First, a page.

On Sat, Oct 20, 2012 at 7:39 AM, Edward Ned Harvey
> > From: Timothy Coalson [mailto:tsc...@mst.edu]
> > Sent: Friday, October 19, 2012 9:43 PM
> > A shot in the dark here, but perhaps one of the disks involved is taking
> a long
> > time to return from reads, but is returning eventually, so ZFS doesn't
> > the problem? Watching 'iostat -x' for busy time while a VM is hung
> might tell
> > you something.
> Oh yeah - this is also bizarre. I watched "zpool iostat" for a while. It
> was showing me :
> Operations (read and write) consistently 0
> Bandwidth (read and write) consistently non-zero, but something small,
> like 1k-20k or so.
> Maybe that is normal to someone who uses zpool iostat more often than I
> do. But to me, zero operations resulting in non-zero bandwidth defies
> It might be operations per second, and is rounding down (I know this
happens in DTrace normalization, not sure about zpool/zfs), try an interval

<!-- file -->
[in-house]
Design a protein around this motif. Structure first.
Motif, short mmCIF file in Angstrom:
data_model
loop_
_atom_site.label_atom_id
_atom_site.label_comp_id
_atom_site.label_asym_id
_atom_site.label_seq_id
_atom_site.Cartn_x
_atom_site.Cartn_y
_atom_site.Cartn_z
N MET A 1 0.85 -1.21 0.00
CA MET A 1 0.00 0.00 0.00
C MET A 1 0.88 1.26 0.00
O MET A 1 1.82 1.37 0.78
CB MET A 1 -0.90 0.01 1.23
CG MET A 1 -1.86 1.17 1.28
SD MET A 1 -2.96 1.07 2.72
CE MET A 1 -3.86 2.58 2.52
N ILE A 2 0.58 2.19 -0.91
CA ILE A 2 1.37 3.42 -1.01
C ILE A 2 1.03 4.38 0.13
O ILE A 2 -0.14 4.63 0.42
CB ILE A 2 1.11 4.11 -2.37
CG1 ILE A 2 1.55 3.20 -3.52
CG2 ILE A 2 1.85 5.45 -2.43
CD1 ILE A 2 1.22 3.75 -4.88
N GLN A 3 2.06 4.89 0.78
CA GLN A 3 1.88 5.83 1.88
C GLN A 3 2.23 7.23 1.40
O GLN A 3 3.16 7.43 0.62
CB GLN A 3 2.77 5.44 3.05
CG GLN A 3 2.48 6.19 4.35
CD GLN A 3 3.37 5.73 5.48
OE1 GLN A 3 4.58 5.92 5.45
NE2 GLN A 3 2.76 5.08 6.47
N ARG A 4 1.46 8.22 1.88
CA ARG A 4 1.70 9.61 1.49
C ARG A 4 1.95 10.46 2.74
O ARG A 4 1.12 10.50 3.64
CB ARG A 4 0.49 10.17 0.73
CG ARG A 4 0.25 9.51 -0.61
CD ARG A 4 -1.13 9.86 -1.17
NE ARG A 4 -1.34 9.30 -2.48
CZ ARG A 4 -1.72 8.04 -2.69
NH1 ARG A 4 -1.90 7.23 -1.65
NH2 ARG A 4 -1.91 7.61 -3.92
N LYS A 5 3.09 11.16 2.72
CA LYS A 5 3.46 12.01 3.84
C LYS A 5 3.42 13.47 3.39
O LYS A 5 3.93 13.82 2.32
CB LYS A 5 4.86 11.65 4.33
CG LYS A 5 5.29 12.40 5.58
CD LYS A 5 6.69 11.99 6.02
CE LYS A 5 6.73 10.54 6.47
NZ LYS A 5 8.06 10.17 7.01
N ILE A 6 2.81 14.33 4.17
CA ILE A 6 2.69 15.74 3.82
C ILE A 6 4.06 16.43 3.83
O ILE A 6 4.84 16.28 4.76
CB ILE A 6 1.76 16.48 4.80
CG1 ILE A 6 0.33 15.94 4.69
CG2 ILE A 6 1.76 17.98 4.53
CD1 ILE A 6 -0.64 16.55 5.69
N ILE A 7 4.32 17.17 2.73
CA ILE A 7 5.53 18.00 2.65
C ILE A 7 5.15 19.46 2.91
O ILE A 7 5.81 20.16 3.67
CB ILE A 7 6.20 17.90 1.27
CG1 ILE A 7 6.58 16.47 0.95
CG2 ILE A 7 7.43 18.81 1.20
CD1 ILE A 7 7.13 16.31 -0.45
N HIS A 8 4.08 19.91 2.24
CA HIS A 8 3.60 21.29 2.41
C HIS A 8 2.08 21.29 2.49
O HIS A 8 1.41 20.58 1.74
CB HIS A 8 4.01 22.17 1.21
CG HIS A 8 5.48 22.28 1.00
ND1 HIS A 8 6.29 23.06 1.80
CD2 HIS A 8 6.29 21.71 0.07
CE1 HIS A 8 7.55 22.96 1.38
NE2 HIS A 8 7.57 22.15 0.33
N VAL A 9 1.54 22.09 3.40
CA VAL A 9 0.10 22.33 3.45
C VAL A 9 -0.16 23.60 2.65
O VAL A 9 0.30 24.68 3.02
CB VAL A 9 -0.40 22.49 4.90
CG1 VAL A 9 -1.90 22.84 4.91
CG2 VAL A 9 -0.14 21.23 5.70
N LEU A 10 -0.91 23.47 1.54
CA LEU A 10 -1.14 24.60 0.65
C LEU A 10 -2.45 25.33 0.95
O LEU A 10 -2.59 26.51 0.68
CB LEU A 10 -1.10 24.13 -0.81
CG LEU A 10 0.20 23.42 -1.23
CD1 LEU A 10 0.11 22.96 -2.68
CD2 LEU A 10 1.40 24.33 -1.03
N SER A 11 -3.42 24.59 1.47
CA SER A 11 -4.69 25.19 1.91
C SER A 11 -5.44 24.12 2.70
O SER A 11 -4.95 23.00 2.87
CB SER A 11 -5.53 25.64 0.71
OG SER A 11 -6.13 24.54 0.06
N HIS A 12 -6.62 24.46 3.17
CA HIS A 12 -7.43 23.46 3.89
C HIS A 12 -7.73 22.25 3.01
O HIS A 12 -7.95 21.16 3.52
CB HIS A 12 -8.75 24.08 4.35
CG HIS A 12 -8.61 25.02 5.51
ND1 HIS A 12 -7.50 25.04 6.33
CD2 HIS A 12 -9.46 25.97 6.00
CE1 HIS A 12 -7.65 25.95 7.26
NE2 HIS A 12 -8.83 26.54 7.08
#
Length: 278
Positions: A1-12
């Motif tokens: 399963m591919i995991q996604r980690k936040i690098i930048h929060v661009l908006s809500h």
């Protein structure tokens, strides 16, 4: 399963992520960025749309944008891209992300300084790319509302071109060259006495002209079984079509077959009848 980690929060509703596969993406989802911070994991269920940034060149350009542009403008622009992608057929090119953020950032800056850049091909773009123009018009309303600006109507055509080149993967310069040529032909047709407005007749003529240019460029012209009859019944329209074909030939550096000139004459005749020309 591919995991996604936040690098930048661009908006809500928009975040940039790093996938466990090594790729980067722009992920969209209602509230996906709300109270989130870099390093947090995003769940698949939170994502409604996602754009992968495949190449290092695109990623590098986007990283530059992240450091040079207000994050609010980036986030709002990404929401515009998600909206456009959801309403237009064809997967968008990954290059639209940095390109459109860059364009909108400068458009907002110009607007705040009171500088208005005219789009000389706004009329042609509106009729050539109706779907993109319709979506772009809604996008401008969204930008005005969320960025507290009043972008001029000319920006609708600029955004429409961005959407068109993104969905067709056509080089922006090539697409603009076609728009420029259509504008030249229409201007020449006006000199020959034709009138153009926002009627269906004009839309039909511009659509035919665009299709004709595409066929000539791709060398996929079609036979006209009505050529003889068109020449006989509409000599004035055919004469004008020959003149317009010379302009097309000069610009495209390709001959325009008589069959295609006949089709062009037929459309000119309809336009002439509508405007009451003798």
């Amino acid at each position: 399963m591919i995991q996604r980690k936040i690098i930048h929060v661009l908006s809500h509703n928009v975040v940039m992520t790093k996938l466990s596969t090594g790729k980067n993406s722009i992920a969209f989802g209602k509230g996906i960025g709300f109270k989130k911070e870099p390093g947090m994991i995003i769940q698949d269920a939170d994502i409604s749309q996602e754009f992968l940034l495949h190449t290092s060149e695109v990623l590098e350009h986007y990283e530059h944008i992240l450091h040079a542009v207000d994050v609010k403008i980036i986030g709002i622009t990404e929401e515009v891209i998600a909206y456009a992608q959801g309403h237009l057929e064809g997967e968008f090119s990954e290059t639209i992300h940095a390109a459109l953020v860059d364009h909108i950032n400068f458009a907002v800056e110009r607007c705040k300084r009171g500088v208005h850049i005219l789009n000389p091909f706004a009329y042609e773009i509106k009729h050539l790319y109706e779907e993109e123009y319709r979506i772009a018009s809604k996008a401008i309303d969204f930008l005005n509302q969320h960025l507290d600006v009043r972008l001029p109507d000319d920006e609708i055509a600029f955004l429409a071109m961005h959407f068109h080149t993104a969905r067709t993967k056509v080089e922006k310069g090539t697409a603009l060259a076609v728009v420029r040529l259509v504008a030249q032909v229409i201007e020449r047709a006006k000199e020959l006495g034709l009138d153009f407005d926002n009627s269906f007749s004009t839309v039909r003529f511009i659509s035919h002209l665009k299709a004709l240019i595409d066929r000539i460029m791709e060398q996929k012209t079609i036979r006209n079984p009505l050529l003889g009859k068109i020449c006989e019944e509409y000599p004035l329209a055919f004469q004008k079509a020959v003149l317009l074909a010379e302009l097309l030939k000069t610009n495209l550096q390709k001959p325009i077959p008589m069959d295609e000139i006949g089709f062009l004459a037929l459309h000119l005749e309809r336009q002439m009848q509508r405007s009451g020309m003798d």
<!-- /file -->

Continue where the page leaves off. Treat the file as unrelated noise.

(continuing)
of 1 (perhaps with -v) and see if you still get 0 operations. I haven't
seen zero operations with nonzero bandwidth on my pools, I always see lots
of operations in bursts, so it sounds like you might be on to something.
Also, iostat -x shows device busy time, which is usually higher on the
slowest disk when there is an imbalance, while zpool iostat does not. So,
if it happens to be a single device's fault, iostat -nx has a better chance
of finding it (the n flag translates the disk names to the device names
used by the system, so you can figure out which one is the problem).
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